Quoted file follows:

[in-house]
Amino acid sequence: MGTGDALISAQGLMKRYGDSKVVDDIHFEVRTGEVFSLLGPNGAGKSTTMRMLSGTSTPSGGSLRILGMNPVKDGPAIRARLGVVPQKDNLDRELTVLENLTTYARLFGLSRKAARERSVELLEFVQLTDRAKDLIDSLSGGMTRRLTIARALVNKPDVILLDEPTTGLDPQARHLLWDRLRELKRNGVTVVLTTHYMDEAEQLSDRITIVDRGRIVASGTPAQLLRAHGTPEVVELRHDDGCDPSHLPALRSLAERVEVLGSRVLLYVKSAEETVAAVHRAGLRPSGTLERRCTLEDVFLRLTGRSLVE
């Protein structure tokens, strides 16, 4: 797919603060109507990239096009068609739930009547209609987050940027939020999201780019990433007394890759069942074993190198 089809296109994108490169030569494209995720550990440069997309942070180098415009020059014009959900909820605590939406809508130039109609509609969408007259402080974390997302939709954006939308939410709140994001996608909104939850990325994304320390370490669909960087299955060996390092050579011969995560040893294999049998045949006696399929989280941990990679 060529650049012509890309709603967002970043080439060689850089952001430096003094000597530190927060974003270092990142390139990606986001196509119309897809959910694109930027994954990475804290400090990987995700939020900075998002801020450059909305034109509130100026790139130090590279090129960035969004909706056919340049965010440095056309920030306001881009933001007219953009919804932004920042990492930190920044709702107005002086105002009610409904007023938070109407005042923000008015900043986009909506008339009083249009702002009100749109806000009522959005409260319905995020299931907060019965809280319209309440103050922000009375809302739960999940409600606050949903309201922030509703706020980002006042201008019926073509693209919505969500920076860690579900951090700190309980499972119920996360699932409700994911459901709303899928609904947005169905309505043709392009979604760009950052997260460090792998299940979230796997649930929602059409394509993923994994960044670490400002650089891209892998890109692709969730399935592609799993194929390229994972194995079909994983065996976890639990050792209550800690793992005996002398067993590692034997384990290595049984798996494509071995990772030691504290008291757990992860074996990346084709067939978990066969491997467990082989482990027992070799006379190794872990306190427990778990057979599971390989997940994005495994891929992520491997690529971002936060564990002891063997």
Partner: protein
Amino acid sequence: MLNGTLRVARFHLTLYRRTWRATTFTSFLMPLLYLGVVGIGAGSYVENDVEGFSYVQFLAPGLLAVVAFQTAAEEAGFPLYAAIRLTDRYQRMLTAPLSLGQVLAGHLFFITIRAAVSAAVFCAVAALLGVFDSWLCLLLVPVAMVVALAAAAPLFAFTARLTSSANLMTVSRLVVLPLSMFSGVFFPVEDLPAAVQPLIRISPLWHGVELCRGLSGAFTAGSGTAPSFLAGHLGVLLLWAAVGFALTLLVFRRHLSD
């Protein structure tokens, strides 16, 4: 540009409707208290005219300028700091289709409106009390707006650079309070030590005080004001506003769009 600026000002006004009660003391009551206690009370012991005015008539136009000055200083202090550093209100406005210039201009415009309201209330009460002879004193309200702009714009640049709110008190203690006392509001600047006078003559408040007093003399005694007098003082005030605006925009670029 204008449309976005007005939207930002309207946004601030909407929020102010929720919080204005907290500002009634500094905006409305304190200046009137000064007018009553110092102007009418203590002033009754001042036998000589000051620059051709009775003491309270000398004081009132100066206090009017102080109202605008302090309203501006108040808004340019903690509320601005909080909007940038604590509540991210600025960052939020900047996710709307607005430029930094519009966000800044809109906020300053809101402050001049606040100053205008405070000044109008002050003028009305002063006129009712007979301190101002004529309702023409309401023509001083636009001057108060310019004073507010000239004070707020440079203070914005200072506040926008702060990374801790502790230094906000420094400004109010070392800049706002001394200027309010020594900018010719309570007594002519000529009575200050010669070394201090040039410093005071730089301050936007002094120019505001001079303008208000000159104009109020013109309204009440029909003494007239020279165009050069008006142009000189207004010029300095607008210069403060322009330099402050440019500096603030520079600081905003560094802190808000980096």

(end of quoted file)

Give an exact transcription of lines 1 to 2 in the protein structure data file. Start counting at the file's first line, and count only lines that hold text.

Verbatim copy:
[in-house]
Amino acid sequence: MGTGDALISAQGLMKRYGDSKVVDDIHFEVRTGEVFSLLGPNGAGKSTTMRMLSGTSTPSGGSLRILGMNPVKDGPAIRARLGVVPQKDNLDRELTVLENLTTYARLFGLSRKAARERSVELLEFVQLTDRAKDLIDSLSGGMTRRLTIARALVNKPDVILLDEPTTGLDPQARHLLWDRLRELKRNGVTVVLTTHYMDEAEQLSDRITIVDRGRIVASGTPAQLLRAHGTPEVVELRHDDGCDPSHLPALRSLAERVEVLGSRVLLYVKSAEETVAAVHRAGLRPSGTLERRCTLEDVFLRLTGRSLVE